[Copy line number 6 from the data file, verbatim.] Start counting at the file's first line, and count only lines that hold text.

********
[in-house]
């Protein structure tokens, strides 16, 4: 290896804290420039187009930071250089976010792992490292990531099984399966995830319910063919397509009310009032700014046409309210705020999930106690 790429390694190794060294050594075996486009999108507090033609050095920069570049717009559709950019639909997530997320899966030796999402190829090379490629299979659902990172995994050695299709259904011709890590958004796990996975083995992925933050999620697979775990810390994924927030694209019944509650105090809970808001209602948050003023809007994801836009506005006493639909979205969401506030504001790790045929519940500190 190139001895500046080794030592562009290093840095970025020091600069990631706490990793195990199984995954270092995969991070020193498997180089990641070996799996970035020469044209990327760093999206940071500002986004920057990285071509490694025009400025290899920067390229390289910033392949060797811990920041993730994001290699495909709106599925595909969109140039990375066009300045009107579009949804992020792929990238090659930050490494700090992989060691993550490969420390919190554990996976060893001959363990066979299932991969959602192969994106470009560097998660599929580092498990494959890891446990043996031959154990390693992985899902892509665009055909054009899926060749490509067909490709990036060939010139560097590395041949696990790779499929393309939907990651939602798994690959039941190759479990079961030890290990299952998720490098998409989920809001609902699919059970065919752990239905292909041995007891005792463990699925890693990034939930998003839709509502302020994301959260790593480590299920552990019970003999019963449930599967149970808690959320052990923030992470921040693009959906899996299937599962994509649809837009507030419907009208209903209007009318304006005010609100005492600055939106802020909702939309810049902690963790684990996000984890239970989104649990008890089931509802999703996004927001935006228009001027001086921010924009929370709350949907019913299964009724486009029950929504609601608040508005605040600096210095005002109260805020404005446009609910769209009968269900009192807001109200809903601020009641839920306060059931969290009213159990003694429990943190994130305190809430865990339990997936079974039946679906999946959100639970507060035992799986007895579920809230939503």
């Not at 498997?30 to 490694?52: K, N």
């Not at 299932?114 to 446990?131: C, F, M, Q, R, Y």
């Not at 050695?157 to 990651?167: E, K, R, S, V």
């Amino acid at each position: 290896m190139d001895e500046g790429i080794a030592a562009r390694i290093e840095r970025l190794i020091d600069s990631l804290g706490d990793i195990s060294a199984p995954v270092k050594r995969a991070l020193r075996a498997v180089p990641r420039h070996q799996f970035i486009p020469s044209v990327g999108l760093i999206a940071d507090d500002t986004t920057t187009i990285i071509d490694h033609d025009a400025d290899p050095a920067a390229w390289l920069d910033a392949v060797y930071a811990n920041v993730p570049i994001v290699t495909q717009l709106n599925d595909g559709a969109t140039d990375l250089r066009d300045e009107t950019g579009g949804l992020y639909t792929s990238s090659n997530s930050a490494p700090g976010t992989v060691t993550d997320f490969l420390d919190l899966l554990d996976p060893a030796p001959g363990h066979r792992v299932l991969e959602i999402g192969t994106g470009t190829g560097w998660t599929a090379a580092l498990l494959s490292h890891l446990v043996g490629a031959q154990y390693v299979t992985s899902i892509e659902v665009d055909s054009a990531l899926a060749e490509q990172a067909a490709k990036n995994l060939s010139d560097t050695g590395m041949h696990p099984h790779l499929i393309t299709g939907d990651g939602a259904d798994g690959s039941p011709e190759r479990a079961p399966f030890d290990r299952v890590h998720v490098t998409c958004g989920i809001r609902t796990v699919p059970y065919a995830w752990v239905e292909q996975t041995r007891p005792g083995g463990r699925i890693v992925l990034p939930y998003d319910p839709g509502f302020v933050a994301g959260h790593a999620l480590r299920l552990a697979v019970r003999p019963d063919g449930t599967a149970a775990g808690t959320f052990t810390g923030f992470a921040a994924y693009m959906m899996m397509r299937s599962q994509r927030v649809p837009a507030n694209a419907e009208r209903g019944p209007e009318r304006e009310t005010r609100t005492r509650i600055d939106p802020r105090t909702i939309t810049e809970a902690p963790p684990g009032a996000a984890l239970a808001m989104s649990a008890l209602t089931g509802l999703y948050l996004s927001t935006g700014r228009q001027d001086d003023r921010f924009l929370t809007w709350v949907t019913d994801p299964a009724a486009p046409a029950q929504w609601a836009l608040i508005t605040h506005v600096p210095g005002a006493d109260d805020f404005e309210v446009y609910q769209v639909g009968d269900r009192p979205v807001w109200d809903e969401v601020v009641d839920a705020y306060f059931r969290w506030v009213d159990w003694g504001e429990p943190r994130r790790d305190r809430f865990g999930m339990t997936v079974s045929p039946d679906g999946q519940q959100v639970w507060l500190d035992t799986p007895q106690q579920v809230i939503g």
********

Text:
């Amino acid at each position: 290896m190139d001895e500046g790429i080794a030592a562009r390694i290093e840095r970025l190794i020091d600069s990631l804290g706490d990793i195990s060294a199984p995954v270092k050594r995969a991070l020193r075996a498997v180089p990641r420039h070996q799996f970035i486009p020469s044209v990327g999108l760093i999206a940071d507090d500002t986004t920057t187009i990285i071509d490694h033609d025009a400025d290899p050095a920067a390229w390289l920069d910033a392949v060797y930071a811990n920041v993730p570049i994001v290699t495909q717009l709106n599925d595909g559709a969109t140039d990375l250089r066009d300045e009107t950019g579009g949804l992020y639909t792929s990238s090659n997530s930050a490494p700090g976010t992989v060691t993550d997320f490969l420390d919190l899966l554990d996976p060893a030796p001959g363990h066979r792992v299932l991969e959602i999402g192969t994106g470009t190829g560097w998660t599929a090379a580092l498990l494959s490292h890891l446990v043996g490629a031959q154990y390693v299979t992985s899902i892509e659902v665009d055909s054009a990531l899926a060749e490509q990172a067909a490709k990036n995994l060939s010139d560097t050695g590395m041949h696990p099984h790779l499929i393309t299709g939907d990651g939602a259904d798994g690959s039941p011709e190759r479990a079961p399966f030890d290990r299952v890590h998720v490098t998409c958004g989920i809001r609902t796990v699919p059970y065919a995830w752990v239905e292909q996975t041995r007891p005792g083995g463990r699925i890693v992925l990034p939930y998003d319910p839709g509502f302020v933050a994301g959260h790593a999620l480590r299920l552990a697979v019970r003999p019963d063919g449930t599967a149970a775990g808690t959320f052990t810390g923030f992470a921040a994924y693009m959906m899996m397509r299937s599962q994509r927030v649809p837009a507030n694209a419907e009208r209903g019944p209007e009318r304006e009310t005010r609100t005492r509650i600055d939106p802020r105090t909702i939309t810049e809970a902690p963790p684990g009032a996000a984890l239970a808001m989104s649990a008890l209602t089931g509802l999703y948050l996004s927001t935006g700014r228009q001027d001086d003023r921010f924009l929370t809007w709350v949907t019913d994801p299964a009724a486009p046409a029950q929504w609601a836009l608040i508005t605040h506005v600096p210095g005002a006493d109260d805020f404005e309210v446009y609910q769209v639909g009968d269900r009192p979205v807001w109200d809903e969401v601020v009641d839920a705020y306060f059931r969290w506030v009213d159990w003694g504001e429990p943190r994130r790790d305190r809430f865990g999930m339990t997936v079974s045929p039946d679906g999946q519940q959100v639970w507060l500190d035992t799986p007895q106690q579920v809230i939503g």